The blue and beige uniforms are not classics, not in the same league as the original series or The Wrath of Khan crimson turtle neck combos. They are very contemporaneous of the late disco era; flared trousers, McCoy’s wide collars (all he was missing was a gold medallion), Uhura’s afro. None of them would have looked out of place in Studio 54. However I kind of like them. They establish the arrowhead pendant (that was solely for the use of the enterprise crew) for all of Starfleet. They remind me of the uniforms from a slightly earlier sci-fi favourite Space 1999 which had similarly stunning miniature effects and styling.
What’s more interesting the more I read about TMP is that it had so many elements of what could have been the 2nd (or 3rd if you count the Animated Series which I firmly do and so should you but we’ll leave that for another article!!!) TV series of Star Trek. Phase II is often spoken of in a sort of hushed reverence. Many fans to this day often wonder would it would have been like. The continuation of Star Trek in the 1970’s, albeit without Leonard Nimoy who was going through the first stages of his vehement “I’m not Spock” phase. Phase II of course was rushed into Star Trek TMP once Star Wars took the world by storm so much so that the teaser poster for TMP is a concept drawing ripped from the artists book straight to print. From scarce yet tantalising test footage available online we get a glimpse of what Trek could have been like. Ilea was to have joined the crew on a full time basis as well as another full Vulcan science officer named Xon (the actor who would have a small consolatory role on in TMP as a doomed communications officer). The set, look and feel of TMP are foretastes of what Trek could have looked and felt like on the small screen. We can even see elements of Ilea and Decker’s relationship being recycled in Riker and Troi in The Next Generation.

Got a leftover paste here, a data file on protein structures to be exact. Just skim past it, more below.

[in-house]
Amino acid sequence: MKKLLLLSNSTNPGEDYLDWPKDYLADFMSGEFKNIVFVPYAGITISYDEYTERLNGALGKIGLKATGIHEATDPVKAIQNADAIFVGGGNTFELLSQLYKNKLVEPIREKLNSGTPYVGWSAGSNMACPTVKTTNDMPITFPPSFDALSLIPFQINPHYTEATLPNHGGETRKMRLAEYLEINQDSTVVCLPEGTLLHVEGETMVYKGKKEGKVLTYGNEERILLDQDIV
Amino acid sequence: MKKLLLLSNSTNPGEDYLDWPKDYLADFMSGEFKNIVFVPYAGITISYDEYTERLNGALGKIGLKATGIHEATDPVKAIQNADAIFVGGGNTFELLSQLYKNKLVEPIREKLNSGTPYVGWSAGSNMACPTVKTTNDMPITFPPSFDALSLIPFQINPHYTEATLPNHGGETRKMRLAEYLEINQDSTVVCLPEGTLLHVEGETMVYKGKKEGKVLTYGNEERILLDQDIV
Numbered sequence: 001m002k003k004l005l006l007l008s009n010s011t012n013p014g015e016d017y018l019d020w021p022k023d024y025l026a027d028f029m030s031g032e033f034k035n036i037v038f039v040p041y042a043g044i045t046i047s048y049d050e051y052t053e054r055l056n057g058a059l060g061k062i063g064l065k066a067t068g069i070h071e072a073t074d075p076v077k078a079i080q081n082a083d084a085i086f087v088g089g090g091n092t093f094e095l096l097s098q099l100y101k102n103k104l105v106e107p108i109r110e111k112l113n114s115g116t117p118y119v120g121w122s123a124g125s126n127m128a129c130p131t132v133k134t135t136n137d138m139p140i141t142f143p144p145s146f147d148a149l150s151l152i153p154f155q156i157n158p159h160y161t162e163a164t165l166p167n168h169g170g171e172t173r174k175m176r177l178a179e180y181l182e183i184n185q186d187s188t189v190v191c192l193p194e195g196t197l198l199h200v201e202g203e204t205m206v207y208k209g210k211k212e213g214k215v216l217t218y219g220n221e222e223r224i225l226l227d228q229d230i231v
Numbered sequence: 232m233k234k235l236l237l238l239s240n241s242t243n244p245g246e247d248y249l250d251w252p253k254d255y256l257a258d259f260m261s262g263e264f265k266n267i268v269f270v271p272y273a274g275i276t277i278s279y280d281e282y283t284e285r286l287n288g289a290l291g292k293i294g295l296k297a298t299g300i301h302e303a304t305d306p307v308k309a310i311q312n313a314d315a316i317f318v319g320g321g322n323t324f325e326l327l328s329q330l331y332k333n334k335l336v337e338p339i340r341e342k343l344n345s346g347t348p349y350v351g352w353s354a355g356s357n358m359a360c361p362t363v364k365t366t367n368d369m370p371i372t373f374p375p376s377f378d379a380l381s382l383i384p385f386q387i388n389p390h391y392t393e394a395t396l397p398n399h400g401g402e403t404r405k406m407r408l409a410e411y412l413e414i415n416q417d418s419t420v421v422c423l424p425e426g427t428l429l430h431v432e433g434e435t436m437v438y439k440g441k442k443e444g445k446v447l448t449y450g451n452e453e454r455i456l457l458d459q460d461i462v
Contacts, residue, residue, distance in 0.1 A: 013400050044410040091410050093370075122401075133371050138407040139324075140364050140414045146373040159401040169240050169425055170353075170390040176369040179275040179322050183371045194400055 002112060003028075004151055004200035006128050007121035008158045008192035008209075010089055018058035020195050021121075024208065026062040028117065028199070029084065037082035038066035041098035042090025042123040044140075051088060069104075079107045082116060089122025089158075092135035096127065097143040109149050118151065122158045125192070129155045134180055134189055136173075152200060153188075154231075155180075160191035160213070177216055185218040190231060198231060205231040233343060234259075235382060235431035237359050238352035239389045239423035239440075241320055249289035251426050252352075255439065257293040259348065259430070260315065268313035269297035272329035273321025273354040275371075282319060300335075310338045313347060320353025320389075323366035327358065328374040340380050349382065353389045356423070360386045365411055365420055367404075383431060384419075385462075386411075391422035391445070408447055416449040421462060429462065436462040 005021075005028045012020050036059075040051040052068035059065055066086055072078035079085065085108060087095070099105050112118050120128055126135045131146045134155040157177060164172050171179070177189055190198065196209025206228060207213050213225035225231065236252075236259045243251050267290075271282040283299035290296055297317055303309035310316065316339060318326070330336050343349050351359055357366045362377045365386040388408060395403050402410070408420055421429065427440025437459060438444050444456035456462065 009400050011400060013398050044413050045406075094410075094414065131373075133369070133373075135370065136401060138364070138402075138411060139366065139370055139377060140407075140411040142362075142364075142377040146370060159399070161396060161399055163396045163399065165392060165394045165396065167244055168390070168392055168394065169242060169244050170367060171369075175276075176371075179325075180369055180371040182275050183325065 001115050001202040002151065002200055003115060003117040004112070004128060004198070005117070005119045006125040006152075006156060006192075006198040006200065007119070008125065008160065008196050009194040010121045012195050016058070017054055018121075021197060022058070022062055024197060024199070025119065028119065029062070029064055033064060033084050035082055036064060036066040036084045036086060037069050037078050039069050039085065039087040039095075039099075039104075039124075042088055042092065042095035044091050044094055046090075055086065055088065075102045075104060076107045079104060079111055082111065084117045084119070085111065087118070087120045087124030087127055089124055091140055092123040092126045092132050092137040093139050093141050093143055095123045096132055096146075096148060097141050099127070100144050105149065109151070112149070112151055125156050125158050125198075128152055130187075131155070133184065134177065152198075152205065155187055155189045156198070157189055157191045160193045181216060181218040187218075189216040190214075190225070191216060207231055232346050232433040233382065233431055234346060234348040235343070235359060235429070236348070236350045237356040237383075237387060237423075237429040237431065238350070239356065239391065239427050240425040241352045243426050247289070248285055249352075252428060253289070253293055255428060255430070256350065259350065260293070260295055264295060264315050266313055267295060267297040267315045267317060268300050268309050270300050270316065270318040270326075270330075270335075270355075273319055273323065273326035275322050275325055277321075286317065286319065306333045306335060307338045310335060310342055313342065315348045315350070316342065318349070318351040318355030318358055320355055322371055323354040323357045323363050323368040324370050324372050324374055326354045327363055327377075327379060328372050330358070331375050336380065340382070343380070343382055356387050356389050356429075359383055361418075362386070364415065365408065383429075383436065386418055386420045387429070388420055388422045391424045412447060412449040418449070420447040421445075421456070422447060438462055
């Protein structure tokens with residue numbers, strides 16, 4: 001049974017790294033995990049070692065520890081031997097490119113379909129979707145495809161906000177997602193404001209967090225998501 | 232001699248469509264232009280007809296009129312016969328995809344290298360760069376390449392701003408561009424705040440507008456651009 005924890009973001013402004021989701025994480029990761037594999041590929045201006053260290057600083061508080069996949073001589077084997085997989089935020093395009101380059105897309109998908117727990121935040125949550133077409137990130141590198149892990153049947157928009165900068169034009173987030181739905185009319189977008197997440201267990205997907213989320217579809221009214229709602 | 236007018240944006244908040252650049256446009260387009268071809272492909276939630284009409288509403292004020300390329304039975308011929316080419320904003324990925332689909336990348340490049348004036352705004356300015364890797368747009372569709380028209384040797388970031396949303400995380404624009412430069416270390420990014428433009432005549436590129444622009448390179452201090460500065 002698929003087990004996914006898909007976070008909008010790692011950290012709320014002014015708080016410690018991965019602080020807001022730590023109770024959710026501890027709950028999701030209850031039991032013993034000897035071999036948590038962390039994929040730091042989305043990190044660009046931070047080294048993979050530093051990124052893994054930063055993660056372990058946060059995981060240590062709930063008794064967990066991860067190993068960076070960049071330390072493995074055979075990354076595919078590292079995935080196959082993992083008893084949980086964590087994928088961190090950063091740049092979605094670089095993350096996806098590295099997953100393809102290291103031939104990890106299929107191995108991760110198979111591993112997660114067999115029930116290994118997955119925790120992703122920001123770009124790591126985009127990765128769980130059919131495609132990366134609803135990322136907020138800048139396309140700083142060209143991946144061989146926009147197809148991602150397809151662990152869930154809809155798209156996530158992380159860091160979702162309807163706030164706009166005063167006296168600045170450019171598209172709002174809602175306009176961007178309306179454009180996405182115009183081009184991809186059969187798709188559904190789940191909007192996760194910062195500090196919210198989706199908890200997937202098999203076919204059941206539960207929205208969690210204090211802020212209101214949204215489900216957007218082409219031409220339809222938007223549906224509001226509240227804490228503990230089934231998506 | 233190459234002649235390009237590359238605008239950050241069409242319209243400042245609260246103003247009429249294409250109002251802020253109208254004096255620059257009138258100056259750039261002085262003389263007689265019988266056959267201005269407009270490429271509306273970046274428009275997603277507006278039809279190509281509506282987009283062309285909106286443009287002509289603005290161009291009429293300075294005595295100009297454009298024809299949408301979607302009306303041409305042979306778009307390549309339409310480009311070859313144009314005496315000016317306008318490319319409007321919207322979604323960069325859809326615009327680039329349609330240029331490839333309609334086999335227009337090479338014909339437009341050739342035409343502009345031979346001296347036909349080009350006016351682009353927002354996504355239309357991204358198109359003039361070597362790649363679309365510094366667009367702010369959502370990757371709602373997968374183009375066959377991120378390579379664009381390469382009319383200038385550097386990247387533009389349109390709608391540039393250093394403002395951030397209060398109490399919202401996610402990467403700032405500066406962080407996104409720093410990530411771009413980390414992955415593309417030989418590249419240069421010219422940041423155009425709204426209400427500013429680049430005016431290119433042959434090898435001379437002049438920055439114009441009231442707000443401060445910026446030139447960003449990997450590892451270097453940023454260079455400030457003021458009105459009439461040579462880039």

Another major flaw of the film is the lack of a flesh and bone villain. Instead we have a faceless space cloud that’s trying to obtain all knowledge. This doesn’t mean that concept couldn’t work. The idea of a weird space probe is revisited three films later in The Voyage Home and is much more effective second time around where the crew are presented with a problem (lack of whales) and they have use their smarts to save the day. Classic Trek all the way. Yet the idea of this all-consuming machine have had many fan theorists retconning the notion that the V’Ger probe could be a possible origin story for the Borg!
TMP is a film I feel sorry for in many ways. For many kids (and kids at heart) who were waiting for Trek to return in the post Star Wars world of the late 70’s, felt that this was Trek’s big moment, and you can feel energy that in the opening bars of Jerry Goldsmiths timeless theme. It held so much promise yet felt flat and at times overwhelming. It is a quality film, one that does much to evoke the spirit of 2001: A Space Odyssey. Gene Roddenberry knew his followers were an inquisitive and intelligent lot (and aren’t we just!). TMP is not the swashbuckling adventure Star Wars is, it was trying to be more than that. The Trek brand at the time wasn’t going to lower itself to a mere popcorn film, which many purists feel that the JJ Abrams films have become; just action films. I would recommend readers to give the Robert Wise directors cut a look in. Whilst it still lack the cinematic kick in the rear end the final edit is cleaner and better presented.
We Trekkies owe a lot to The Motion Picture. It’s a film, whilst not perfect, one that made Wrath of Kahn possible. It showed that Trek had potential. It’s the jump off point that Trek would use to expand the universe of the Federation further into the 23rd Century and beyond!